Discovered on a Manhattan street in 2020 and introduced on Stanton’s Humans of New York Instagram page, Johnson, then 76, shares her dynamic history as a “fiercely independent” Black burlesque dancer who used the stage name Tanqueray and became a celebrated fixture in midtown adult theaters. “I was the only black girl making white girl money,” she boasts, telling a vibrant story about sex and struggle in a bygone era. Frank and unapologetic, Johnson vividly captures aspects of her former life as a stage seductress shimmying to blues tracks during 18-minute sets or sewing lingerie for plus-sized dancers. Though her work was far from the Broadway shows she dreamed about, it eventually became all about the nightly hustle to simply survive. Her anecdotes are humorous, heartfelt, and supremely captivating, recounted with the passion of a true survivor and the acerbic wit of a weathered, street-wise New Yorker. She shares stories of growing up in an abusive household in Albany in the 1940s, a teenage pregnancy, and prison time for robbery as nonchalantly as she recalls selling rhinestone G-strings to prostitutes to make them sparkle in the headlights of passing cars. Complemented by an array of revealing personal photographs, the narrative alternates between heartfelt nostalgia about the seedier side of Manhattan’s go-go scene and funny quips about her unconventional stage performances. Encounters with a variety of hardworking dancers, drag queens, and pimps, plus an account of the complexities of a first love with a drug-addled hustler, fill out the memoir with personality and candor. With a narrative assist from Stanton, the result is a consistently titillating and often moving story of human struggle as well as an insider glimpse into the days when Times Square was considered the Big Apple’s gloriously unpolished underbelly. The book also includes Yee’s lush watercolor illustrations.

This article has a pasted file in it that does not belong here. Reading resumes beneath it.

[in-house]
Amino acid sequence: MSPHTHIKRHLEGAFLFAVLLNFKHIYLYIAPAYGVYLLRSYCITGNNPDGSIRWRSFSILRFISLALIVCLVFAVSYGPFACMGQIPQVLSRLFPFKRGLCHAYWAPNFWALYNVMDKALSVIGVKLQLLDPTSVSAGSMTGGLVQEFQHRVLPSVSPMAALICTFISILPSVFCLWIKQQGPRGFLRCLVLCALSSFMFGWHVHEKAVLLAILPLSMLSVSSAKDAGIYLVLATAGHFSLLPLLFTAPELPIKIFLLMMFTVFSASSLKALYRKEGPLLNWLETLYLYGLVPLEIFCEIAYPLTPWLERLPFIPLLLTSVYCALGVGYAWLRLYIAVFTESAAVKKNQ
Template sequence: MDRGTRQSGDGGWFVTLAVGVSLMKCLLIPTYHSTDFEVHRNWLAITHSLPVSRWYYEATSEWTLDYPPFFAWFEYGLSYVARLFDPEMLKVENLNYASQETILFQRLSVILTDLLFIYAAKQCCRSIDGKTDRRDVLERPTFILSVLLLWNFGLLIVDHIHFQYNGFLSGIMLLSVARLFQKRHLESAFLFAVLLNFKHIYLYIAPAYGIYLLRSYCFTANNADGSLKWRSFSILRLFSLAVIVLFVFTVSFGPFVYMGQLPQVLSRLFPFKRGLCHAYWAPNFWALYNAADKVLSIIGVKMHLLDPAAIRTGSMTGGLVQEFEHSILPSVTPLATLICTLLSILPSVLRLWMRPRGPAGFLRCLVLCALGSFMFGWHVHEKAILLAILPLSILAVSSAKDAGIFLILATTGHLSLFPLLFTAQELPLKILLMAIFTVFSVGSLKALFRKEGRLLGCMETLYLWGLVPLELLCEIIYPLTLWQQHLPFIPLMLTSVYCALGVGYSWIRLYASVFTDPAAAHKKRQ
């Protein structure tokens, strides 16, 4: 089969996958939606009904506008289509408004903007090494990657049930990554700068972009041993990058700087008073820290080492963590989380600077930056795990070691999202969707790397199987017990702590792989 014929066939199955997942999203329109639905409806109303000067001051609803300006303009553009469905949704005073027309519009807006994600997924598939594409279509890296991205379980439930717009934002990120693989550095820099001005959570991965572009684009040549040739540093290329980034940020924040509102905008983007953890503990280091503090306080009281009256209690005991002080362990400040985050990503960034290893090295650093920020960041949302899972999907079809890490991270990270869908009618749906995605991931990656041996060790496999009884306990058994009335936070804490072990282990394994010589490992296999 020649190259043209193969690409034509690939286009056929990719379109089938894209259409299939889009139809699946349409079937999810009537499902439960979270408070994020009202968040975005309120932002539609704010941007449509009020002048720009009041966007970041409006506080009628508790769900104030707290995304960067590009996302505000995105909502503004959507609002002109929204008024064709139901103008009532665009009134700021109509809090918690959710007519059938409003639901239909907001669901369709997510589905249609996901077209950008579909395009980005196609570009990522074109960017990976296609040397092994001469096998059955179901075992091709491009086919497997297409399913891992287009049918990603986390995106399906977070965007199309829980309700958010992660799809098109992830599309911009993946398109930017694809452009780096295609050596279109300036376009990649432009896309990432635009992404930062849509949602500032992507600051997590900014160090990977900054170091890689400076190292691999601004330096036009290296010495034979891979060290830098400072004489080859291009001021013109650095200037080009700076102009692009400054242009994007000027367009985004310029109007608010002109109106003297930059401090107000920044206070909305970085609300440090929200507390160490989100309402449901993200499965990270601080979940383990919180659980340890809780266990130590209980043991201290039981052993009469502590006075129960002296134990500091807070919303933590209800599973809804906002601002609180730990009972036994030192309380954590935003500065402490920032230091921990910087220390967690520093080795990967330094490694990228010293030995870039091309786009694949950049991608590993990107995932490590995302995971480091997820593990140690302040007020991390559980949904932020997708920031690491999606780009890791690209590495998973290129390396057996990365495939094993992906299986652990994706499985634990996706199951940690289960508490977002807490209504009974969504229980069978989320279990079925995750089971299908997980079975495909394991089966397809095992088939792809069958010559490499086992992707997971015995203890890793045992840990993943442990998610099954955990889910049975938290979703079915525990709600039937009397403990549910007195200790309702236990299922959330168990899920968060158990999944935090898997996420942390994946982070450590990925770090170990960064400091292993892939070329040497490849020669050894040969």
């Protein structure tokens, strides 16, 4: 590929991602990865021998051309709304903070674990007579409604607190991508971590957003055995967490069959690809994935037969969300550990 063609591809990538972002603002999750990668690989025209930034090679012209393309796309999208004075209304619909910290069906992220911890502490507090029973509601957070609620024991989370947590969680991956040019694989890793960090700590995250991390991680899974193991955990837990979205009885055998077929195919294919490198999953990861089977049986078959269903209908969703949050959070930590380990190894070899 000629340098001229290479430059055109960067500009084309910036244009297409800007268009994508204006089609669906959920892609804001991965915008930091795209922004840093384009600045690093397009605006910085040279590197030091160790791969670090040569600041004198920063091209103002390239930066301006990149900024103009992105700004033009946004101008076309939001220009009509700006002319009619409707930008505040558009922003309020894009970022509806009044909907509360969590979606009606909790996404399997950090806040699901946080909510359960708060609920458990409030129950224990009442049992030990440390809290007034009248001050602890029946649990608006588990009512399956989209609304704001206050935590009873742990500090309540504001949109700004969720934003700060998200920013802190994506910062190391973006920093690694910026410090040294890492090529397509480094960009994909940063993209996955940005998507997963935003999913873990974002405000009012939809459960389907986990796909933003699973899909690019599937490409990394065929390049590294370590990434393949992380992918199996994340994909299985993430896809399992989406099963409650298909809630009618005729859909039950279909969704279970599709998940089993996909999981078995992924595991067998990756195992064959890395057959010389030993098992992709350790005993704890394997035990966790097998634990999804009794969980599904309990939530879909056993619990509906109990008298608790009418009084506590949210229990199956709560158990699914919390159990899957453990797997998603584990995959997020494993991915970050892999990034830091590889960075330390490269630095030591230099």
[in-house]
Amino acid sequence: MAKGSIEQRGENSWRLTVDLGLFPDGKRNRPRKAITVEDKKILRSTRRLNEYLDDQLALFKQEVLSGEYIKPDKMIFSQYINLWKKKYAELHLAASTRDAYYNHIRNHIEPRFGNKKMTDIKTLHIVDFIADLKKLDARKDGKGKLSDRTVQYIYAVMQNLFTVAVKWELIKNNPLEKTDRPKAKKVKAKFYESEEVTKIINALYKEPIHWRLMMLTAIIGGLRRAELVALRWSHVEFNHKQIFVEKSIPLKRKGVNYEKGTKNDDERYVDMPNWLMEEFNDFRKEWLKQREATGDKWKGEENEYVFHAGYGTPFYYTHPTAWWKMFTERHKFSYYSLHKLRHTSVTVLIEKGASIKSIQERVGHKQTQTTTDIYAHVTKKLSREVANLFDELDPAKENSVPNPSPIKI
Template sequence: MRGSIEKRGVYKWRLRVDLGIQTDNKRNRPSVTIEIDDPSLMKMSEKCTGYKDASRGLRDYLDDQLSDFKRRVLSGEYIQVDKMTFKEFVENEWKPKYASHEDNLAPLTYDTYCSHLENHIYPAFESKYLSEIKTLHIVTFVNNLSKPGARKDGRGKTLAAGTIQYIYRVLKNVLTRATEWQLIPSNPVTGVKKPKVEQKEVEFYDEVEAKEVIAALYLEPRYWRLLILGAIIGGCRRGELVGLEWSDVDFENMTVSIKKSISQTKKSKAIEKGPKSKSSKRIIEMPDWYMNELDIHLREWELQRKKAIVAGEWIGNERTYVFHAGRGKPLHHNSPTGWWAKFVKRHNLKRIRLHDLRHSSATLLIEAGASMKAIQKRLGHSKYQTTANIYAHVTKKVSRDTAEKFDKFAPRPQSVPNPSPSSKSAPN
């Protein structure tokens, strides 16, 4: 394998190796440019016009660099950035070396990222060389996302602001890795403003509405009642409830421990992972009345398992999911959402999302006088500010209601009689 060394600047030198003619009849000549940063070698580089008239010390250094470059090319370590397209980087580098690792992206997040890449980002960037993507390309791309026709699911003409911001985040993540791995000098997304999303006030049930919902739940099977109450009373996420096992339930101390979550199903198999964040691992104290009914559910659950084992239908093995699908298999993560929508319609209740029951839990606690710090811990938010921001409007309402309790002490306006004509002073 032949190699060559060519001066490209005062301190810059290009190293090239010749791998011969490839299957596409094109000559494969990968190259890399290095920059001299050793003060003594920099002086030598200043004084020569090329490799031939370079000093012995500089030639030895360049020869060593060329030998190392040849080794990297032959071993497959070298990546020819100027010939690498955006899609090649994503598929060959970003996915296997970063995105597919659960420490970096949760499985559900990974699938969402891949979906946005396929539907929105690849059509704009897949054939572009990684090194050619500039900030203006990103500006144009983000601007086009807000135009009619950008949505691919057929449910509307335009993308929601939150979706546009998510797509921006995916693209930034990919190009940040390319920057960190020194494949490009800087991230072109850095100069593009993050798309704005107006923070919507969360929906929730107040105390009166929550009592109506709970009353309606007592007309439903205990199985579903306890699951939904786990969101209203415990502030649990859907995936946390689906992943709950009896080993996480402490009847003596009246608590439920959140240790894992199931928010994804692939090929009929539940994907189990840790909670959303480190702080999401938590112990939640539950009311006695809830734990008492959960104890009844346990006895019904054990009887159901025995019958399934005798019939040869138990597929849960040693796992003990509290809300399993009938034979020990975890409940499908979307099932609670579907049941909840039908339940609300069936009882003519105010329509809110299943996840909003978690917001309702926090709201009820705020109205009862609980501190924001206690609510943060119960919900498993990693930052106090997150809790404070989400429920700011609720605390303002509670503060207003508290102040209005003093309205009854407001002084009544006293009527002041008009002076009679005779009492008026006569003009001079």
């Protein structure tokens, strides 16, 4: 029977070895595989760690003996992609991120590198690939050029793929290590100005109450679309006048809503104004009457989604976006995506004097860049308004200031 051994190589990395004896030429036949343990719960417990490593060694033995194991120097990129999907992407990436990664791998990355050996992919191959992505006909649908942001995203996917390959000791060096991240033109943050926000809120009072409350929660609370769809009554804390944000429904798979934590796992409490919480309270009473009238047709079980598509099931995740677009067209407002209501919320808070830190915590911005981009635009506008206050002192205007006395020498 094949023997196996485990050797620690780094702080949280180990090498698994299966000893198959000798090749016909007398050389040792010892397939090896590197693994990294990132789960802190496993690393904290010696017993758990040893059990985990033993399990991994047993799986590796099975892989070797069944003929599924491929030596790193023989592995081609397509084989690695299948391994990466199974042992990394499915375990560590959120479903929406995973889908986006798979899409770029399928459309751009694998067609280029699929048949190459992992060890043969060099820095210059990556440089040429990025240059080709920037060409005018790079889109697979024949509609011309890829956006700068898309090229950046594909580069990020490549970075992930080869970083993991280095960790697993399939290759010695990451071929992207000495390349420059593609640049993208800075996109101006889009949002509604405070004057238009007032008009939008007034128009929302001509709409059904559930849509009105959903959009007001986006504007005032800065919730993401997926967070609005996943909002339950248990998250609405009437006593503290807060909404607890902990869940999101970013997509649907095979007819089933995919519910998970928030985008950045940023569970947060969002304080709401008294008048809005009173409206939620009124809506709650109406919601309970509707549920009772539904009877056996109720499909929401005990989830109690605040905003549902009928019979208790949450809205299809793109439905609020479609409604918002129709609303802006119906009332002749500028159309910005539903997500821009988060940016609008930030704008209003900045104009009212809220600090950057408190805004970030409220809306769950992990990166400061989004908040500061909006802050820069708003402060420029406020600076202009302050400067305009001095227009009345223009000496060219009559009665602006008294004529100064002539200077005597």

A blissfully vicarious, heartfelt glimpse into the life of a Manhattan burlesque dancer.

Pub Date: July 12, 2022

ISBN: 978-1-250-27827-2

Page Count: 192

Publisher: St. Martin's

Review Posted Online: July 27, 2022

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  • New York Times Bestseller

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LOVE, PAMELA

A juicy story with some truly crazy moments, yet Anderson's good heart shines through.

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The iconic model tells the story of her eventful life.

According to the acknowledgments, this memoir started as "a fifty-page poem and then grew into hundreds of pages of…more poetry." Readers will be glad that Anderson eventually turned to writing prose, since the well-told anecdotes and memorable character sketches are what make it a page-turner. The poetry (more accurately described as italicized notes-to-self with line breaks) remains strewn liberally through the pages, often summarizing the takeaway or the emotional impact of the events described: "I was / and still am / an exceptionally / easy target. / And, / I'm proud of that." This way of expressing herself is part of who she is, formed partly by her passion for Anaïs Nin and other writers; she is a serious maven of literature and the arts. The narrative gets off to a good start with Anderson’s nostalgic memories of her childhood in coastal Vancouver, raised by very young, very wild, and not very competent parents. Here and throughout the book, the author displays a remarkable lack of anger. She has faced abuse and mistreatment of many kinds over the decades, but she touches on the most appalling passages lightly—though not so lightly you don't feel the torment of the media attention on the events leading up to her divorce from Tommy Lee. Her trip to the pages of Playboy, which involved an escape from a violent fiance and sneaking across the border, is one of many jaw-dropping stories. In one interesting passage, Julian Assange's mother counsels Anderson to desexualize her image in order to be taken more seriously as an activist. She decided that “it was too late to turn back now”—that sexy is an inalienable part of who she is. Throughout her account of this kooky, messed-up, enviable, and often thrilling life, her humility (her sons "are true miracles, considering the gene pool") never fails her.

A juicy story with some truly crazy moments, yet Anderson's good heart shines through.

Pub Date: Jan. 31, 2023

ISBN: 9780063226562

Page Count: 256

Publisher: Dey Street/HarperCollins

Review Posted Online: Dec. 5, 2022

Kirkus Reviews Issue: Jan. 1, 2023